Two men were charged on Monday with helping to run a so-called "cramming" scheme in which they earned tens of millions of dollars by charging unsuspecting mobile phone users for unwanted text messages.
Darcy Wedd and Erdolo Eromo were expected to appear in federal court in New York and Los Angeles, respectively, later on Monday.
The charges were brought by the office of U.S. Attorney Preet Bharara in New York, which previously charged six other men in May in connection with the scheme.
In 2013, the U.S. Federal Trade Commission settled related civil charges with one of the six men, Lin Miao, and several corporate entities, taking more than $10 million in assets including a Beverly Hills, California, home and luxury cars.
Brian Sun, a lawyer for Eromo, said, "We are disappointed in this decision by the United States Attorney's office, we disagree with it, and we will do our talking in court."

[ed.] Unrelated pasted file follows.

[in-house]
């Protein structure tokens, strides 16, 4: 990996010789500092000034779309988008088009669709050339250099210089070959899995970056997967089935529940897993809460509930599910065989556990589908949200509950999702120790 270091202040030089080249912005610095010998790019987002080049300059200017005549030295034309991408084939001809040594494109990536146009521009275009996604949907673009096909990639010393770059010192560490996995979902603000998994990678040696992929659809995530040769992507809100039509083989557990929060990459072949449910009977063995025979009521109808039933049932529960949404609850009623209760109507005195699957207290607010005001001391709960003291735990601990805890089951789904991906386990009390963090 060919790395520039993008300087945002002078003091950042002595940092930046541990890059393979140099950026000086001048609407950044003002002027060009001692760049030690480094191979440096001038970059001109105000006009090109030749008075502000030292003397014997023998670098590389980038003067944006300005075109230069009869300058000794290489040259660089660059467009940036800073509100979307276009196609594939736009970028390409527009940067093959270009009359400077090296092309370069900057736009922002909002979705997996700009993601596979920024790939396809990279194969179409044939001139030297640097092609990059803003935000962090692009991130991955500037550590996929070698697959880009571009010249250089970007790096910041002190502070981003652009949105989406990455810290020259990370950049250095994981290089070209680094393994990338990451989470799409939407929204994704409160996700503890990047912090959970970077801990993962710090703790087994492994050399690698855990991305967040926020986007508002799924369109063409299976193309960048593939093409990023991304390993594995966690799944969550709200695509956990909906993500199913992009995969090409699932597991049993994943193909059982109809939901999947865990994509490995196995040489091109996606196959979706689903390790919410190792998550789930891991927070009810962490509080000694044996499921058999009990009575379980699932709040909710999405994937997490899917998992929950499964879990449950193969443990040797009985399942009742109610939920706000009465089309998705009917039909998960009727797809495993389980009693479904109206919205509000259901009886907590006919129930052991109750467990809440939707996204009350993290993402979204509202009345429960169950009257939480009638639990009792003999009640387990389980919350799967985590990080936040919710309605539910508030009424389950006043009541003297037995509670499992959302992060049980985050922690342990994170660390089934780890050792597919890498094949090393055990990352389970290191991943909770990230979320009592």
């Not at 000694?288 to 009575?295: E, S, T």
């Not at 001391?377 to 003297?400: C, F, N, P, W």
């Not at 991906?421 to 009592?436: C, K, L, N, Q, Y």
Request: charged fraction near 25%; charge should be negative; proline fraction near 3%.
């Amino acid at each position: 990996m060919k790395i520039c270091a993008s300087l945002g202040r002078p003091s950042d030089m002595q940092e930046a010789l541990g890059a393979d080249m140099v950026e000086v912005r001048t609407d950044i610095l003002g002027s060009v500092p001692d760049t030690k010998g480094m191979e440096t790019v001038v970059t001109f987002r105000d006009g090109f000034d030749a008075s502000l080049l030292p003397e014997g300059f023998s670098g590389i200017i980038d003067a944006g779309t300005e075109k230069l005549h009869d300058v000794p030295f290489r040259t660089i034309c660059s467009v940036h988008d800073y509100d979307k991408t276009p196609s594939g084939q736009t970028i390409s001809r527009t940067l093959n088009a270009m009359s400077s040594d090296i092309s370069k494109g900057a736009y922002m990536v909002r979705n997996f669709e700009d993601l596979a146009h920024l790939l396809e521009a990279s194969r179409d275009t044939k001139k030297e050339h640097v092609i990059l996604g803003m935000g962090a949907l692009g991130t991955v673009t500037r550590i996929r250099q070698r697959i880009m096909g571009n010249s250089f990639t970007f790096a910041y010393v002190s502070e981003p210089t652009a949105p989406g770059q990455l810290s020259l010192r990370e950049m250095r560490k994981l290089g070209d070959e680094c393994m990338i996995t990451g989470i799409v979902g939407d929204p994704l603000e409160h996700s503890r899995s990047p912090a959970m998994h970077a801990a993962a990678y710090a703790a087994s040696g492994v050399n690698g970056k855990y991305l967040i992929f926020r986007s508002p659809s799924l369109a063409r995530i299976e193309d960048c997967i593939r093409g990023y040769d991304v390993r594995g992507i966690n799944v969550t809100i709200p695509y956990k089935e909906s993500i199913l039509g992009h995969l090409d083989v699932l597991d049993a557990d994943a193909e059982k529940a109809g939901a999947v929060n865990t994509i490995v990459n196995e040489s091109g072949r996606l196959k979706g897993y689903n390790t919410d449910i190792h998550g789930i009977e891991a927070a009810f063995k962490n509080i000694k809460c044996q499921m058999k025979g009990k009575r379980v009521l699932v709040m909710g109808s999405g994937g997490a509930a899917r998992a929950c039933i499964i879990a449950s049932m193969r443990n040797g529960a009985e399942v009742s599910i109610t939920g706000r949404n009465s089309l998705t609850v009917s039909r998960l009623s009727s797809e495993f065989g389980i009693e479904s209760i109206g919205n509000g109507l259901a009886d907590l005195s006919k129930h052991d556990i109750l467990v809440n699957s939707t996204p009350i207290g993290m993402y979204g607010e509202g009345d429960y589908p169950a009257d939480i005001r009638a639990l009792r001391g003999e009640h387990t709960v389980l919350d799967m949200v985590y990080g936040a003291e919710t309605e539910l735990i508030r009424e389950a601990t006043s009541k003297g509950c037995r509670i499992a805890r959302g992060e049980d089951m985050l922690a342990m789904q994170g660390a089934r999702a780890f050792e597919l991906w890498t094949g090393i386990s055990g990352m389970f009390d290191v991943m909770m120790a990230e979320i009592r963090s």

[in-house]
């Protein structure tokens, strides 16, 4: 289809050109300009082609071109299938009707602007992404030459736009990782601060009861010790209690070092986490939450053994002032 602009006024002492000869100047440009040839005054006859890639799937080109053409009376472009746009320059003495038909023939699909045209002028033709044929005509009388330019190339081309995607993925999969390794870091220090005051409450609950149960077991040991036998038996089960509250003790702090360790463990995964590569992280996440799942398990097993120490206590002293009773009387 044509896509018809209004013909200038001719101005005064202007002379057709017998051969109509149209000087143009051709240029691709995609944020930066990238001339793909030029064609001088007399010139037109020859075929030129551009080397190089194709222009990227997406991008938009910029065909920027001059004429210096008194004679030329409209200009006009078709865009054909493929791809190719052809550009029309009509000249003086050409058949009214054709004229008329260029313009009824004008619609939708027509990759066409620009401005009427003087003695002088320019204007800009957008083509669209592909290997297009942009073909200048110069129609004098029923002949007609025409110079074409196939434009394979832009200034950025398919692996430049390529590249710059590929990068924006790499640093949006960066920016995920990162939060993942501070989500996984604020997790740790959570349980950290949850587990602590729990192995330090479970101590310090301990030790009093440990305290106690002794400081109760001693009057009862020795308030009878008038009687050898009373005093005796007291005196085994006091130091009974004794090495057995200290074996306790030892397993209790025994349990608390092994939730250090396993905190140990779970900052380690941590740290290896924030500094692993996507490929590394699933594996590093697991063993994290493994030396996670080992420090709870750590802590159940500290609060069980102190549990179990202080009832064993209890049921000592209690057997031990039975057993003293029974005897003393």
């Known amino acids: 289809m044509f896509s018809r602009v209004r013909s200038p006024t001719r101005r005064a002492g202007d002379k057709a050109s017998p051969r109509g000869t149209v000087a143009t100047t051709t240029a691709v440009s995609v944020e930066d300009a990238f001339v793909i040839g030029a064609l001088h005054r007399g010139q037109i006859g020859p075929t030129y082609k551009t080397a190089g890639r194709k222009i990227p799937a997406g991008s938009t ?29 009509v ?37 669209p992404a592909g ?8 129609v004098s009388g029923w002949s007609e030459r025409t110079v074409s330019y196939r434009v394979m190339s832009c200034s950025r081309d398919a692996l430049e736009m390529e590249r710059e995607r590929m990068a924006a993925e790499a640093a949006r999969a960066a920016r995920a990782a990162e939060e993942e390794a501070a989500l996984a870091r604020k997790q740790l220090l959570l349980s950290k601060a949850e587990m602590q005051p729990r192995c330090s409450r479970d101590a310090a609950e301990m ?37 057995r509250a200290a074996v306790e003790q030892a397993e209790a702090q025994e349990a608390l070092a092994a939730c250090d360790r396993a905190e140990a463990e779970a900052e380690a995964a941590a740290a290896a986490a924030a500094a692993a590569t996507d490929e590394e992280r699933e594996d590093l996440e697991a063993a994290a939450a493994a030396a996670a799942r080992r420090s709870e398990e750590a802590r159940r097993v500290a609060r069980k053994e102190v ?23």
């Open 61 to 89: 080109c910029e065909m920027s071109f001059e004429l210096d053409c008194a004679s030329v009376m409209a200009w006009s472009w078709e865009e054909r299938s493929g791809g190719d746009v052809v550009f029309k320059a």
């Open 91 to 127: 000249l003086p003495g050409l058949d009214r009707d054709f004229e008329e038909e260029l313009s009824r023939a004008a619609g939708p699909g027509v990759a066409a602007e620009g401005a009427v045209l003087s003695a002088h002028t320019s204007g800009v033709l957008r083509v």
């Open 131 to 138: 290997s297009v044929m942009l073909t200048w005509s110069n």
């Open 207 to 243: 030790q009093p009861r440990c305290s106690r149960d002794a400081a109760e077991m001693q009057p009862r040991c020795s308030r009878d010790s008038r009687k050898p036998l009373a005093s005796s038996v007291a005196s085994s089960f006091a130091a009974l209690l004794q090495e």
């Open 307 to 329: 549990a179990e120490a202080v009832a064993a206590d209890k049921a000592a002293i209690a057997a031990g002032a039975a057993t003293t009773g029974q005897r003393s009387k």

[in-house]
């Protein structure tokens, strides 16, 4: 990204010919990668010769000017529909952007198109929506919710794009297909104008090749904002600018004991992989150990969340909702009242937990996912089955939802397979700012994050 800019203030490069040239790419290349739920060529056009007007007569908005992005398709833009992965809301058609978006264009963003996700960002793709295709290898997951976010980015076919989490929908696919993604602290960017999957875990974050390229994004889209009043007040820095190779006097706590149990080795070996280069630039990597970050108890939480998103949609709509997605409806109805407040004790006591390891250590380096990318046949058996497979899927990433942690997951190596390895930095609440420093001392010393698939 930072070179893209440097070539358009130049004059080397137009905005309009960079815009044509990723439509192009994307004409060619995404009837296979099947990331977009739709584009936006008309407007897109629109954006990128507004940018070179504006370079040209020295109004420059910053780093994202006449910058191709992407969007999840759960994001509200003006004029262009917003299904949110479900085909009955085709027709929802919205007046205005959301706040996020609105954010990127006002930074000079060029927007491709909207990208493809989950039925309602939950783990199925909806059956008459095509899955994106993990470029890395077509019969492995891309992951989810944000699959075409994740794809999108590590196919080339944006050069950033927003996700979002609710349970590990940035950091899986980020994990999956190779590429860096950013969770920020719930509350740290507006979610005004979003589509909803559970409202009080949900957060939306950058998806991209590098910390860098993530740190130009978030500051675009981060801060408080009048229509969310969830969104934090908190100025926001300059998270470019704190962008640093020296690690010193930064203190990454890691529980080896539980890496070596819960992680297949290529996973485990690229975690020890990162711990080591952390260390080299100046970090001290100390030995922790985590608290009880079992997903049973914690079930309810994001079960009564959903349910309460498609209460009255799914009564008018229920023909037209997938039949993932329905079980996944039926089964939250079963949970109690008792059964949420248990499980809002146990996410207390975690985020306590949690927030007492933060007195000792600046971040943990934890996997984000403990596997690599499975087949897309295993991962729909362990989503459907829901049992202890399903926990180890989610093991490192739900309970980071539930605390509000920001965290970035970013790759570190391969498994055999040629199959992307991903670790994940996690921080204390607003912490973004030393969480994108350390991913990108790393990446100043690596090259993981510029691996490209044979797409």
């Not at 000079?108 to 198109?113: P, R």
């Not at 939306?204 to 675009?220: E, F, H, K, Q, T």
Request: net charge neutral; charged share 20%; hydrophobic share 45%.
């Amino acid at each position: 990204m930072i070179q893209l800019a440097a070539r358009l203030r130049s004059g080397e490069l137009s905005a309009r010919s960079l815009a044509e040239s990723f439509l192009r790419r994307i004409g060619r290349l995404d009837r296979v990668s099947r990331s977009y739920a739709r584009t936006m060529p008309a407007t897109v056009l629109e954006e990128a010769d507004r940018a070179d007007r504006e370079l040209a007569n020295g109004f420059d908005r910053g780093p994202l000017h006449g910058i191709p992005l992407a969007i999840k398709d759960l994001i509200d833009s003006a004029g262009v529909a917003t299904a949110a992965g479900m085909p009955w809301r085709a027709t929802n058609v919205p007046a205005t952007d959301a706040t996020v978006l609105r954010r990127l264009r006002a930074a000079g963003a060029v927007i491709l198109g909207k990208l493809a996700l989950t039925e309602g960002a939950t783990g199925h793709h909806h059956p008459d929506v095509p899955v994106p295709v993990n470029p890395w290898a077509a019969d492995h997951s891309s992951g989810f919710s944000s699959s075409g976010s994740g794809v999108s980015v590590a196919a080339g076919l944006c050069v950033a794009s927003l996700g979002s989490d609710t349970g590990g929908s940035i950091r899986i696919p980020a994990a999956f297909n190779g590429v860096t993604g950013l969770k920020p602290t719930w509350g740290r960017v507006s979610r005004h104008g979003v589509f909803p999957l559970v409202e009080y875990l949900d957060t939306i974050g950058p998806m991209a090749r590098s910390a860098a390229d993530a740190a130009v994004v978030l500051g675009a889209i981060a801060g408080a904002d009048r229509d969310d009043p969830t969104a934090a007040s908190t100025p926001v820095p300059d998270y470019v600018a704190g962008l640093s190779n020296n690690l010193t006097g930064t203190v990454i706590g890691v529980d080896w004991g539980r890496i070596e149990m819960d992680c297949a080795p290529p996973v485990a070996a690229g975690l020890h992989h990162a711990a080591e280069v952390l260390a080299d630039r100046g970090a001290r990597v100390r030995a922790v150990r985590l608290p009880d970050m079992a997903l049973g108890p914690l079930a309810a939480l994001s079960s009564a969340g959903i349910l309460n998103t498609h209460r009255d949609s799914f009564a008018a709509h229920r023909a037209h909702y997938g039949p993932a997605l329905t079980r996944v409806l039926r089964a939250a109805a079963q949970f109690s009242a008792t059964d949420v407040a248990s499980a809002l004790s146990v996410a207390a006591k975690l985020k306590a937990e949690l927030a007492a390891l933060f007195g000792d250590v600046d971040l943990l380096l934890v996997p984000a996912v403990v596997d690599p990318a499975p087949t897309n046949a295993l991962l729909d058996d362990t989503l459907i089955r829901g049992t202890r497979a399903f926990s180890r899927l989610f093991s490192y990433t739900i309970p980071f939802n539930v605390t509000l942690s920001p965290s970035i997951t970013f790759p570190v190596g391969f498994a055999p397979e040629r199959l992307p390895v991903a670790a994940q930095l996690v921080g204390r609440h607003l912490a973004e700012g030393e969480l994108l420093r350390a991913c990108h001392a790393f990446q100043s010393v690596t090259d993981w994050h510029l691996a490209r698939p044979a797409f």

Wedd's defense lawyer in New York could not immediately be reached for comment.
From 2011 to 2013, the defendants arranged for thousands of mobile numbers to be "auto-subscribed" to text messages containing horoscopes, celebrity gossip or trivia for $9.99 a month, prosecutors said.
Customers typically ignored or deleted the messages and did not notice the monthly charge on their bills, according to the indictment.
Wedd and Eromo were executives at a mobile aggregator, which functions as a middleman between text message companies and mobile carriers by aggregating monthly charges onto customer bills, prosecutors said.
In 2011, Wedd, who was chief executive, noticed the unauthorized charges and raised the issue with Miao, according to the indictment.
Wedd agreed to help perpetuate the scheme in exchange for $100,000 and a percentage of the proceeds, the indictment said. Eromo also met with Miao and agreed to participate for regular payments, according to the indictment.
Wedd and Eromo face charges of wire fraud and conspiracy to commit fraud and money laundering.
In a statement, Bharara said, "Although the text messages were often trivial, what the defendants allegedly did was far from a joking matter. Their criminal scheme allegedly fleeced hundreds of thousands of everyday customers from around the country out of millions of dollars."
Miao, Yong Jason Lee, Michael Pajaczkowski and Christopher Goff were all previously arrested in May. Two other defendants, Michael Pearse and Yongchao Liu, live in Australia and are not in U.S. custody.
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